An electoral worker waits for voters at a polling station in Freetown

Freetown (AFP) - Vote tallying was underway in Sierra Leone on Sunday, the electoral commission said, following fiercely fought elections that were mostly calm despite significant delays in some areas.

Tallying, which consists of adding up counted ballots from each polling unit at the regional level, would take place in the capital Freetown, Bo, Kenema, Makeni and Port Loko, the commission said.

On Saturday, Sierra Leoneans voted in presidential, parliamentary and local elections, with many polling stations opening late in the capital.

But elsewhere in the country, more than 90 percent of polls had opened within an hour of the set opening time, according to National Election Watch, a coalition of civil society groups.

Results are expected within about 48 hours of the vote.

Map of Sierra Leone showing the capital Freetown

The West Africa Network for Peacebuilding, another observation group, said in a midday update Saturday that voting had been “relatively peaceful” – as did the electoral commission in a late afternoon statement.

But after polling stations began to close, the electoral commission said polling staff had been attacked by members of the public in certain area as they attempted to move materials.

Senior members of the main opposition All People’s Congress (APC) party also alleged violence had taken place near several polling centres in Freetown on Saturday evening.

Two members of different international observer missions, speaking to AFP on condition of anonymity, confirmed one of the incidents.

- Key players -

Twelve men and one woman were contesting for president, but incumbent Julius Maada Bio’s main challenger is Samura Kamara of the APC.

Bio, of the Sierra Leone People’s Party (SLPP), narrowly beat Kamara in a runoff in 2018.

Polls predicted President Julius Maada Bio would win

Rising food prices are a key issue for many in the import-dependent West African nation of eight million people.

Year-on-year inflation hit 43 percent in April, according to the latest official figures.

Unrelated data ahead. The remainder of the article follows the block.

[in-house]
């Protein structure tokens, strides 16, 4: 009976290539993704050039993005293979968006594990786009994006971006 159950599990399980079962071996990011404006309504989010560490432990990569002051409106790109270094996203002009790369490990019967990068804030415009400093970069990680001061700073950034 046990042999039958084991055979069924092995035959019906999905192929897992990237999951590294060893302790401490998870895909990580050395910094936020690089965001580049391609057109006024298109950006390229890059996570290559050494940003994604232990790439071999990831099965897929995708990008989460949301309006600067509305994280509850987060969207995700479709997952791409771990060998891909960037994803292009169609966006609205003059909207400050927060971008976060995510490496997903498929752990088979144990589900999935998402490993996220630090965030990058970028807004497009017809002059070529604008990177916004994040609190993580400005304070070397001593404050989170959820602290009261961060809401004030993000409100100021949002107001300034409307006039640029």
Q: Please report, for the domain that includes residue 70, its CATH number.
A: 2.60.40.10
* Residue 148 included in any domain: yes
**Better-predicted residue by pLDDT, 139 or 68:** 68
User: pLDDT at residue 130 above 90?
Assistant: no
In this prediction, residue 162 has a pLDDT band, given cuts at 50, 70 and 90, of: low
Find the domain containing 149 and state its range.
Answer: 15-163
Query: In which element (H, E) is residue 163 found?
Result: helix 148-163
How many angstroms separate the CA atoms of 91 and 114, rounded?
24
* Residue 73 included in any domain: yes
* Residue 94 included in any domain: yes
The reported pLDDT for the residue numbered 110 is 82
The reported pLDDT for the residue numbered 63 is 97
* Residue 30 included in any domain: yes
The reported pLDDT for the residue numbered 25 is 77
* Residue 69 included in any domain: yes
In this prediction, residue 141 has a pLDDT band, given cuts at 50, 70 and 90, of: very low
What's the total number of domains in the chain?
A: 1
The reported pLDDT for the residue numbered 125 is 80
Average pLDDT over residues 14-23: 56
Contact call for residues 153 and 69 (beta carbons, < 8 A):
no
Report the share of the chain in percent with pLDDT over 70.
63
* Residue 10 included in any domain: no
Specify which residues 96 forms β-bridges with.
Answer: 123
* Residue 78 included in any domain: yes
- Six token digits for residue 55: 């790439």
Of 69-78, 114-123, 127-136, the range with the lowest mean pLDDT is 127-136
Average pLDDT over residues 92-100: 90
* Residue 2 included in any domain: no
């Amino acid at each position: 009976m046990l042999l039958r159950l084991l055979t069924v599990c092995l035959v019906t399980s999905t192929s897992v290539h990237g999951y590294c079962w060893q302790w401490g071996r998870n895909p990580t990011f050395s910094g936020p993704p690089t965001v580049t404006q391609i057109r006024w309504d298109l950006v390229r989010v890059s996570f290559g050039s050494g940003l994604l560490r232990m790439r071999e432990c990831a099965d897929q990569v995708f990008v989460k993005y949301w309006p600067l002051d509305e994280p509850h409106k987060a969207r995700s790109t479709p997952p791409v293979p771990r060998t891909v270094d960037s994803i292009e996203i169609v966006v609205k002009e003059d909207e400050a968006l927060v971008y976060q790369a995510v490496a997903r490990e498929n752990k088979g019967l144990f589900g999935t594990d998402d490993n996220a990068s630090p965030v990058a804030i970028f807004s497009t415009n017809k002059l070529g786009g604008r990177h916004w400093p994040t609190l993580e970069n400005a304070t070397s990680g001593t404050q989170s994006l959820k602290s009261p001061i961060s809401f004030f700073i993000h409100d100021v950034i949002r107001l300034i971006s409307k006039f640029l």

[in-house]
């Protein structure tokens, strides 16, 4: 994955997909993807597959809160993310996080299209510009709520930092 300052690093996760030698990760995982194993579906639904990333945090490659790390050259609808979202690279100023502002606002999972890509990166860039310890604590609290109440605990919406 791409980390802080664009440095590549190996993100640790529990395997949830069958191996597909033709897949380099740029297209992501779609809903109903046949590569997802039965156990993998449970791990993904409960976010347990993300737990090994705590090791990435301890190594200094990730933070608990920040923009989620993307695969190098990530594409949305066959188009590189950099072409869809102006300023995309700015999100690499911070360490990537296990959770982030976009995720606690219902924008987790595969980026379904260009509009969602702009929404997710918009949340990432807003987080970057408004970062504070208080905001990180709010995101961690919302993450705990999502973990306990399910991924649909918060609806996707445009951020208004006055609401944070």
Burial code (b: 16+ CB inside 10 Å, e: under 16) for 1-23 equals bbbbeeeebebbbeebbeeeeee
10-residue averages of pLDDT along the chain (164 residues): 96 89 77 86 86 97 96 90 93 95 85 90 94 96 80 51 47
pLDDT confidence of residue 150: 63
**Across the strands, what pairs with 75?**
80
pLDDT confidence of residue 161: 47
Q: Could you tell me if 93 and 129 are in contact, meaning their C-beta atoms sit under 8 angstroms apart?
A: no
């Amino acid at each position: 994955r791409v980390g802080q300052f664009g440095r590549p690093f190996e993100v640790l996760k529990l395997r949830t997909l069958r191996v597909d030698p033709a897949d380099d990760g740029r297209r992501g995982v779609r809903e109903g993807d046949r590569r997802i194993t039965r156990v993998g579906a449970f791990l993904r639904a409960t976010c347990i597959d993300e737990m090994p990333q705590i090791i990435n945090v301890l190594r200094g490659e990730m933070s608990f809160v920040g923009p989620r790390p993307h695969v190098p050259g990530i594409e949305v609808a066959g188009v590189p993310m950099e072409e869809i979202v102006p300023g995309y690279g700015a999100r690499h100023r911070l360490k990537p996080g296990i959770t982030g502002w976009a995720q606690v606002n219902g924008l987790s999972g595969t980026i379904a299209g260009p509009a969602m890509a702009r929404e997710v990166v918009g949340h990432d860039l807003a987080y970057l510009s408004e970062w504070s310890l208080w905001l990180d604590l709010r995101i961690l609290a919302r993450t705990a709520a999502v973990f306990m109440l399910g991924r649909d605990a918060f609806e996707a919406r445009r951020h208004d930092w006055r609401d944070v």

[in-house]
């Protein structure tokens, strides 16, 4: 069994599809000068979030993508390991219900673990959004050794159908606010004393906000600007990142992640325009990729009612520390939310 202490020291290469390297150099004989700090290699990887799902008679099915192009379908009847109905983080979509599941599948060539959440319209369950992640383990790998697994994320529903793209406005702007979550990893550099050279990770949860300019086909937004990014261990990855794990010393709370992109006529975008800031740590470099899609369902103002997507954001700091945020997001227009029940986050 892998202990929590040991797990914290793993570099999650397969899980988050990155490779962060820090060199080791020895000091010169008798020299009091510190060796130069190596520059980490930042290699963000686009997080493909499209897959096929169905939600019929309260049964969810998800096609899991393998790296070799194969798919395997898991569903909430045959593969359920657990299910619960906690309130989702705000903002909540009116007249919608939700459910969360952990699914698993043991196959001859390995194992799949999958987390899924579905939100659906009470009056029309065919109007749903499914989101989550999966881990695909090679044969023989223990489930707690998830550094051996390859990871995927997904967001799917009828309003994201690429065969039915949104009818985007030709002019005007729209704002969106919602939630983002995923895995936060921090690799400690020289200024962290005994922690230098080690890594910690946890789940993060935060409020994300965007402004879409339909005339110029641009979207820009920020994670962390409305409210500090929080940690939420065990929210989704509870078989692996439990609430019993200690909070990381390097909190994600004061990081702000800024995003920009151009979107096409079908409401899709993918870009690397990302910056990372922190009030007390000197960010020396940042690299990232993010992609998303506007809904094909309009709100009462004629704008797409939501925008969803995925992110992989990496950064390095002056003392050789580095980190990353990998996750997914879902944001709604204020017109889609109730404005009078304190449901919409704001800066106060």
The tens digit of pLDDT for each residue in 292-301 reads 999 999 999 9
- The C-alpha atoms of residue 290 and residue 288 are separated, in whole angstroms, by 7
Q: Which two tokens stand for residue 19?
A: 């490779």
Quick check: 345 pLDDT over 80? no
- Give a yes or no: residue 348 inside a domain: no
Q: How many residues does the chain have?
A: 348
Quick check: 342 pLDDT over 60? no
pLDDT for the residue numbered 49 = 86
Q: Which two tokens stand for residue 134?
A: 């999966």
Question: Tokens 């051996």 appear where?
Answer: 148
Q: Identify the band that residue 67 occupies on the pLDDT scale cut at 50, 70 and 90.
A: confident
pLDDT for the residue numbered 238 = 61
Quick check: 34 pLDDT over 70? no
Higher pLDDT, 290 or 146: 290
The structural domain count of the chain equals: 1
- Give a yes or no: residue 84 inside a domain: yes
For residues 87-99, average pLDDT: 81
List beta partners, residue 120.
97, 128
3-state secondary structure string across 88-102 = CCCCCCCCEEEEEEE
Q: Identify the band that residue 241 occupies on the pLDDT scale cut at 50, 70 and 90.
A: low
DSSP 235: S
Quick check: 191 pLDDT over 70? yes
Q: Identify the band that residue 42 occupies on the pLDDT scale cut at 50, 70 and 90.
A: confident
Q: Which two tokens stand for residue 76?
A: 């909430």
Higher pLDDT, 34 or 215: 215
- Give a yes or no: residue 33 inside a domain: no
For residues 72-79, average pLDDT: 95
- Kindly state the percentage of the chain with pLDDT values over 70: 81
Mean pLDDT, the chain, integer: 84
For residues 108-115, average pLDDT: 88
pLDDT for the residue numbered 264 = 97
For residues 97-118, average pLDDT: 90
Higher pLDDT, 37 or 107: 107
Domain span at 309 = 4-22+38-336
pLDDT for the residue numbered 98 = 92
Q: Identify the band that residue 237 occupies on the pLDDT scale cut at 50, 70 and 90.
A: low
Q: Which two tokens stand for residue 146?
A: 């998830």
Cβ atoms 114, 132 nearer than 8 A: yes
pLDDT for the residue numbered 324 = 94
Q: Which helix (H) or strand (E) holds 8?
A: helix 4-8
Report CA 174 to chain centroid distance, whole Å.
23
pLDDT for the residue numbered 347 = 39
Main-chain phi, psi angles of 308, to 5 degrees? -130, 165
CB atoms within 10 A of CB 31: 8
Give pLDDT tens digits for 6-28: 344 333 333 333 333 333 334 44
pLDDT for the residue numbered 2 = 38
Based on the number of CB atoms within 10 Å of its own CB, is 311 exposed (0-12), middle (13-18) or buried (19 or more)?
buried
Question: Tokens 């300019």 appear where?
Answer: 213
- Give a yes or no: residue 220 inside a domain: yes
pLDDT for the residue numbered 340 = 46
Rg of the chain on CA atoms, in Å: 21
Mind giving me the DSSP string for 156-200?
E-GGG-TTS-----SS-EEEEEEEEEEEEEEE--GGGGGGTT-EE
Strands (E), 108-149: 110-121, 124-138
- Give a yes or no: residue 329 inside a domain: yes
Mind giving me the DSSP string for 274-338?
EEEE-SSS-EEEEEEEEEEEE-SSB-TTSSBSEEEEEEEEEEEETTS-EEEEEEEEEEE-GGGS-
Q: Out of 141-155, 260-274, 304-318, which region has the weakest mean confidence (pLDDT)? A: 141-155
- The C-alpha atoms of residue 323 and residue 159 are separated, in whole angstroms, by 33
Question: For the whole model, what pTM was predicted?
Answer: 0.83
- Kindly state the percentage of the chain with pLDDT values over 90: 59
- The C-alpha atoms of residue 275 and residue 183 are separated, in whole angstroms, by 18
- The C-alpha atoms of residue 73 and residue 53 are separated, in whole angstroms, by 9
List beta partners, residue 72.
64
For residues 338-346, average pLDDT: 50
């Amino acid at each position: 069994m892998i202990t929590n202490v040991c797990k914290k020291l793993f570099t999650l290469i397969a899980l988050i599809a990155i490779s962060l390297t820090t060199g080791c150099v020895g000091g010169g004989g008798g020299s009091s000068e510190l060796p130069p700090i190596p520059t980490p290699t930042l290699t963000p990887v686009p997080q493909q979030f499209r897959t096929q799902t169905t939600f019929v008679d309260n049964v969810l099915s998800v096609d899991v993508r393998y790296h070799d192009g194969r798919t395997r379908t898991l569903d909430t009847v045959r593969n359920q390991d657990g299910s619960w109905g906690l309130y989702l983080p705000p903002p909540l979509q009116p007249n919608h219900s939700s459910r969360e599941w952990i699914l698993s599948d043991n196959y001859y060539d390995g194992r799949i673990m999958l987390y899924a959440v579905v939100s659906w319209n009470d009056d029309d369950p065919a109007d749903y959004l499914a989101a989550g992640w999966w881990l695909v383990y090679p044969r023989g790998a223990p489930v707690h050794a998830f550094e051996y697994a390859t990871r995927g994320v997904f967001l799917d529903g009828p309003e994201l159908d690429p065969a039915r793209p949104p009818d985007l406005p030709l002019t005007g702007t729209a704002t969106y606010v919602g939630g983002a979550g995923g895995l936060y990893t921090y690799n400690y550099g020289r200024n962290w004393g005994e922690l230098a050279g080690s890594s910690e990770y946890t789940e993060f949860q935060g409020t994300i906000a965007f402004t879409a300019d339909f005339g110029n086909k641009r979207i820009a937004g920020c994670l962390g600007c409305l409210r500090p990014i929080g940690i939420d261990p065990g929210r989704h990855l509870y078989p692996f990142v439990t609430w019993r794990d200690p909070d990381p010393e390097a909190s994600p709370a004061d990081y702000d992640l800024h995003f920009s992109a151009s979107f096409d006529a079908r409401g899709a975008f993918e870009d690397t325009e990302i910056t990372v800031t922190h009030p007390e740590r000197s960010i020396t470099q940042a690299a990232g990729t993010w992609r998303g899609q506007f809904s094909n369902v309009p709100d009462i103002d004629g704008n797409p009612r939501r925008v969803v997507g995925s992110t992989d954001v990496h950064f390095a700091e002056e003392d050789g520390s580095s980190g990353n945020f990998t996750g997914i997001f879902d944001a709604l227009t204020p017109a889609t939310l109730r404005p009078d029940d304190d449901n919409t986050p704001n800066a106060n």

Some 3.4 million people were registered to vote, 52.4 percent of whom are under 35 years old, according to the electoral commission.

Presidential candidates must secure 55 percent of valid votes for a first-round win.

Turnout has ranged between 76 and 87 percent over the past three elections.

Voters will also elect members of parliament and local councils under proportional representation after a last-minute switch from a first-past-the-post system.

Under a recently passed gender act, one-third of all candidates must be women.

Late opening polling station in Freetown saw large crowds gather

A new 11.9 percent vote threshold will make it difficult for independents and minority parties to secure seats in parliament.

Many Sierra Leoneans vote based on regional allegiances, with jobs and benefits commonly perceived to flow to regions whose politicians are in power.

A June 14 poll by Institute for Governance Reform (IGR), a partner of the pan-African survey group Afrobarometer, forecast Bio will win 56 percent of the vote, with 43 percent for Kamara.

Another poll, conducted by the newspaper Sierra Eye and two local data groups, forecast 38 percent for the incumbent and 25 percent for his main challenger.

The elections are being closely followed in West Africa, a region recently dominated by coups and turmoil.